On 6 June 2013, the European Court of Justice ("ECJ") published its judgement in Donau Chemie (C-536/11). The case concerned a reference for a preliminary ruling brought before the Oberlandesgericht Wien (Higher Regional Court, Vienna), sitting as the Kartellgericht (Austrian Cartel Court ("ACC")). The question to the ECJ was whether a provision of national law that precludes the possibility of third party access to documents in the national court's cartel case file, absent the consent of the parties in that cartel case, is compatible with EU law.
The ACC had previously imposed fines on the members of a cartel on the Austrian market for the wholesale distribution of printing chemicals. An association of customers, ("VDM"), applied for access to the case file before the ACC. However, a provision of Austrian national law precluded third party access to the files of competition law proceedings absent the consent of all the parties to those proceedings. Since none of the parties except the Austrian Federal Cartel Authority ("FCA") gave consent for disclosure, the ACC had to withhold access to the file.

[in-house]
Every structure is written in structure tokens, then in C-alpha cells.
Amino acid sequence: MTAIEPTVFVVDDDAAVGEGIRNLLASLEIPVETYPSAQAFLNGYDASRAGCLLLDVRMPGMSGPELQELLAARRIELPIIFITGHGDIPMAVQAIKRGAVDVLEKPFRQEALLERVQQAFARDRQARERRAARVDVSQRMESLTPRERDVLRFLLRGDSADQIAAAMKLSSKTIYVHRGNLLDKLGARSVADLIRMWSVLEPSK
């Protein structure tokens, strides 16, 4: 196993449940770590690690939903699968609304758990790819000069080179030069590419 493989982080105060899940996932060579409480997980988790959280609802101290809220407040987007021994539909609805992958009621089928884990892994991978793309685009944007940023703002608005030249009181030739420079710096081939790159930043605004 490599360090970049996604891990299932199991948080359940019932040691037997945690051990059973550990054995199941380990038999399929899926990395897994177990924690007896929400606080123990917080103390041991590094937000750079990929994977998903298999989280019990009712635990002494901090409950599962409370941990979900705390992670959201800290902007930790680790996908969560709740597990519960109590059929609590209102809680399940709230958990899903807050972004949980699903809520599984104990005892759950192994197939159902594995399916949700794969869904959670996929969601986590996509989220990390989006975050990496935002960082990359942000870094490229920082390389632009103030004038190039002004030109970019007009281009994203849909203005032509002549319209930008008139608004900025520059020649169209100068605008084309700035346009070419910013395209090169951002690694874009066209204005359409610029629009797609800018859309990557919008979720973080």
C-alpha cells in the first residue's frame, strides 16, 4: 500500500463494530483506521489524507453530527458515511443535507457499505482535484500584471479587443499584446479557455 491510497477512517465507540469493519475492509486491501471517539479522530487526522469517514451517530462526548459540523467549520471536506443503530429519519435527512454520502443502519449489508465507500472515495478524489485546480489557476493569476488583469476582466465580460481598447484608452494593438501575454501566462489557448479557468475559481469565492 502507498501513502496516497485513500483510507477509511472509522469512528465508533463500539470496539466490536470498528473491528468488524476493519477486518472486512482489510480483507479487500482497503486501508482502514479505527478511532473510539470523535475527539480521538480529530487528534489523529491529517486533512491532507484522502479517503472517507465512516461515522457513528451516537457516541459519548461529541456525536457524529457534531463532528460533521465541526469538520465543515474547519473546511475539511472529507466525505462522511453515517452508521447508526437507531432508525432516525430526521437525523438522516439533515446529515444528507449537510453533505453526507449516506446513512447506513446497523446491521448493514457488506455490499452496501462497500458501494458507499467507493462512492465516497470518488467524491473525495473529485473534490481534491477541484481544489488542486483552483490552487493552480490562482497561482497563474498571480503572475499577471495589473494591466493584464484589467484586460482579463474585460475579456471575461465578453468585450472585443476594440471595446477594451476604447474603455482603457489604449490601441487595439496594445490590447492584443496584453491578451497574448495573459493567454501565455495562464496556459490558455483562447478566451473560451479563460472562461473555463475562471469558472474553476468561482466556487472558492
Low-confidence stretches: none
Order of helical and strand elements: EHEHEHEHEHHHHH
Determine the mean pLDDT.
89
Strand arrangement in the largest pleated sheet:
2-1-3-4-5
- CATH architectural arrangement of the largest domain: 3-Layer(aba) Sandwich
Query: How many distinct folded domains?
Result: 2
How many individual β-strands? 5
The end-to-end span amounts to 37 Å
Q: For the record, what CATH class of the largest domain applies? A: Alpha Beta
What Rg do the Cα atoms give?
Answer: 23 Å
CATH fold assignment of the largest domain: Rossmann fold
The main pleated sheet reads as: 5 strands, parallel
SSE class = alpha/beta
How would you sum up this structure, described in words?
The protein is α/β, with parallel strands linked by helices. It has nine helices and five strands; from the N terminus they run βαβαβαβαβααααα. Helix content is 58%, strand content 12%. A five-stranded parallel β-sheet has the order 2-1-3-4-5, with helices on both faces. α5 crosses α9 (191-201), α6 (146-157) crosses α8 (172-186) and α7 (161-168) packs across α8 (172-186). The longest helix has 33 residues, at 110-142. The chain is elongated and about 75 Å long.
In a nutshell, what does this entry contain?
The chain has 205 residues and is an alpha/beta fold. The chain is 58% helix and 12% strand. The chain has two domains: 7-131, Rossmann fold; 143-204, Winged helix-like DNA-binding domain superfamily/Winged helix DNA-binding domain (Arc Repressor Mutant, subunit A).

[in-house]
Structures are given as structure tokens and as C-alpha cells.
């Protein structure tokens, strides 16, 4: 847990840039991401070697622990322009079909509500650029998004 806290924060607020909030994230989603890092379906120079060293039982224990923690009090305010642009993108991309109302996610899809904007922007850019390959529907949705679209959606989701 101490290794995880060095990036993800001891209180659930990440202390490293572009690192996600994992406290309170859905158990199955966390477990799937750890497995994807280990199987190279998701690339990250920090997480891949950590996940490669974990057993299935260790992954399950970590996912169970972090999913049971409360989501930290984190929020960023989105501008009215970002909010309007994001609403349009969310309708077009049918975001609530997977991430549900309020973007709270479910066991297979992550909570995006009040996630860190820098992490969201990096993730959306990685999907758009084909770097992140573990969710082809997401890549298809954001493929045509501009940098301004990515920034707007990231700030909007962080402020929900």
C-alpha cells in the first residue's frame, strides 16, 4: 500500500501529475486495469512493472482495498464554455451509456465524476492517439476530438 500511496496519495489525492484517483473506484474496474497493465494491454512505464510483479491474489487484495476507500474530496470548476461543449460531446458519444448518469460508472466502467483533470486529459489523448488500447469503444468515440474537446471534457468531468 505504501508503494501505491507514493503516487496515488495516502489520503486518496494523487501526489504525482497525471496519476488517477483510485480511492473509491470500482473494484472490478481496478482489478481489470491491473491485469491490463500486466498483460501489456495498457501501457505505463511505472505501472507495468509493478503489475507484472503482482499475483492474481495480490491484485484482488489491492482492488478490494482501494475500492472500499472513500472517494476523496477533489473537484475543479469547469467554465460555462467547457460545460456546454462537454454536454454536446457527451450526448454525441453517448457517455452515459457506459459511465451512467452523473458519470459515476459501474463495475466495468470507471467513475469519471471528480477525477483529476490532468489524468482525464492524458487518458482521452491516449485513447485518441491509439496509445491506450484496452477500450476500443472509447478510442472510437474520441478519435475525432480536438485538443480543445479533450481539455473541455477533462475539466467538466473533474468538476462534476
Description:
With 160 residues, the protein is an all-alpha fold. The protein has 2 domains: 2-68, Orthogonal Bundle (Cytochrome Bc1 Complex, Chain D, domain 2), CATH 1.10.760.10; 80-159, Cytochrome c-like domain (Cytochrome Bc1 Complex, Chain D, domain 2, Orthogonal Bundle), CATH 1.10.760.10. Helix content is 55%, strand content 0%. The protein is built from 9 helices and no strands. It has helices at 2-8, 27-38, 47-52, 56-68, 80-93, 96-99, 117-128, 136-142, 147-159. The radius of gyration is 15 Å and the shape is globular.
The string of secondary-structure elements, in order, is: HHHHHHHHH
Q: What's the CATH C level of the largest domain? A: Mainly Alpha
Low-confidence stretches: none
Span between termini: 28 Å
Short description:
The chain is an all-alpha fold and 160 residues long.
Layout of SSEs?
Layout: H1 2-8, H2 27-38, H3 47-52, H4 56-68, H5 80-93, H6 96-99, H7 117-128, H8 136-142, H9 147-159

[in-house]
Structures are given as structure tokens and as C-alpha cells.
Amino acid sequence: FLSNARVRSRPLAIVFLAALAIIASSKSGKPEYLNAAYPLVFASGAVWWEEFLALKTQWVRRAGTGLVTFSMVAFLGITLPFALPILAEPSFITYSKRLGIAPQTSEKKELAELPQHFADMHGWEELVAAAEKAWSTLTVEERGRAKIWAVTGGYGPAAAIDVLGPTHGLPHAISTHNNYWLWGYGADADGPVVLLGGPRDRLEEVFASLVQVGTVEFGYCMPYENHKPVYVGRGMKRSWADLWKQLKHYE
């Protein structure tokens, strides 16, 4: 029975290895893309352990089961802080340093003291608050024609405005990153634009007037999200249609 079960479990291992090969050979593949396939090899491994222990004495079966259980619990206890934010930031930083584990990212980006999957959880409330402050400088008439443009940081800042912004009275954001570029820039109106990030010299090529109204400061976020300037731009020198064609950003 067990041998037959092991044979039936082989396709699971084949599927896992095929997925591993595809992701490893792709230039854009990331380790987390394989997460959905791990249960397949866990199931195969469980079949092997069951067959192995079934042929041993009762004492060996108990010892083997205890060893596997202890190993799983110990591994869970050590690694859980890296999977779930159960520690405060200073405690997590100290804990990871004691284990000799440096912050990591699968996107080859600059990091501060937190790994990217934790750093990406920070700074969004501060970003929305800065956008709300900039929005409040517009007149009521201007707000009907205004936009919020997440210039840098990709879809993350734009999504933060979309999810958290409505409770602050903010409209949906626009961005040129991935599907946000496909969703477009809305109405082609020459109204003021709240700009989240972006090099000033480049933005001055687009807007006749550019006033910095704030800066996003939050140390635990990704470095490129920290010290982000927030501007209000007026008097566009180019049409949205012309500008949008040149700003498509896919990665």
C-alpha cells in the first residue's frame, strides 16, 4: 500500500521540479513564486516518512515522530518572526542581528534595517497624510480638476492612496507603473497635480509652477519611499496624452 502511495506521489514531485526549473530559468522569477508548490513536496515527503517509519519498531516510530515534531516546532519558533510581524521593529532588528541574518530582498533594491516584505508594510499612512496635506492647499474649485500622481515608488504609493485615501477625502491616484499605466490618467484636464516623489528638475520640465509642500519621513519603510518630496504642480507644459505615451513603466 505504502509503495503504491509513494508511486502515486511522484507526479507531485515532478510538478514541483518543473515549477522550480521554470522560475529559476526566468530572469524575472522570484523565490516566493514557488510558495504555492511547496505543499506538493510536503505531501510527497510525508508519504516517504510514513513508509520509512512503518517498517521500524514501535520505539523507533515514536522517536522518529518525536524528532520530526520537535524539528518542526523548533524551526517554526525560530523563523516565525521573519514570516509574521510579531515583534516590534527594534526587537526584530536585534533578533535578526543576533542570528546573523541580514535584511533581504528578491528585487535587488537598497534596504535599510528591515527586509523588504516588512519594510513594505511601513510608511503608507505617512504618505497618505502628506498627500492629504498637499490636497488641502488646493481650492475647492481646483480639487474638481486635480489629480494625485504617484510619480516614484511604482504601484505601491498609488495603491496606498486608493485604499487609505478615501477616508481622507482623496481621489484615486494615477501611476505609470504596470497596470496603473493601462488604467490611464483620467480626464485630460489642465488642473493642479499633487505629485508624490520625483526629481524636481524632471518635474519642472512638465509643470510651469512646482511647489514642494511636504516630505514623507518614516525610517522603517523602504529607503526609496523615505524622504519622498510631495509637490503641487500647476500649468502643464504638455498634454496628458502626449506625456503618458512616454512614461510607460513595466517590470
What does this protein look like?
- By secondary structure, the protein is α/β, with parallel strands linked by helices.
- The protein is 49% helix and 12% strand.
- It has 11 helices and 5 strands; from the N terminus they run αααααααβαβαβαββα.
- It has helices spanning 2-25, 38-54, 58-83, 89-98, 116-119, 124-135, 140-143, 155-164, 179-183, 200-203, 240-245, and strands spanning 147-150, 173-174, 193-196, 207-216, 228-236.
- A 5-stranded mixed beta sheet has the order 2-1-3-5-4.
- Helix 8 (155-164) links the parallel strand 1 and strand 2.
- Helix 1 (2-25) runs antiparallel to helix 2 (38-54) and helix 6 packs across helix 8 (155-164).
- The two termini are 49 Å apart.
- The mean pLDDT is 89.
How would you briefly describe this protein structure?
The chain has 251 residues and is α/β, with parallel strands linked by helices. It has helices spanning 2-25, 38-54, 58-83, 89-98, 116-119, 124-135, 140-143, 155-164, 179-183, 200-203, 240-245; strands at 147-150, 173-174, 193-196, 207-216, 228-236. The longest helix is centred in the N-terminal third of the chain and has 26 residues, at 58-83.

The ACC asked the ECJ whether the provision was compatible with EU law. The ECJ ruled that this was not the case. It referred to its previous judgements in Courage and Crehan (C-453/99), Manfredi (C-295/04), and Pfeiderer (C-360/09), where it had established that the national rules applicable to damages claims for EU law infringements should not be made practically impossible. The ECJ found that the national provisions must allow national courts to engage in a case-by-case balancing exercise of interests where a third party request for access to file is made. The Austrian provision did not allow for any balancing of interests, since access to the file could only be granted with the consent of the addressees of the decision. The ECJ noted that the public interest in an effective leniency programme should be balanced against the claimant's interest in disclosure and that this balancing act should be made for every single document of a case file. Therefore, the Austrian provision was in violation of European law.
In this case, therefore, the ECJ basically confirmed the principles it had established in Pfleiderer.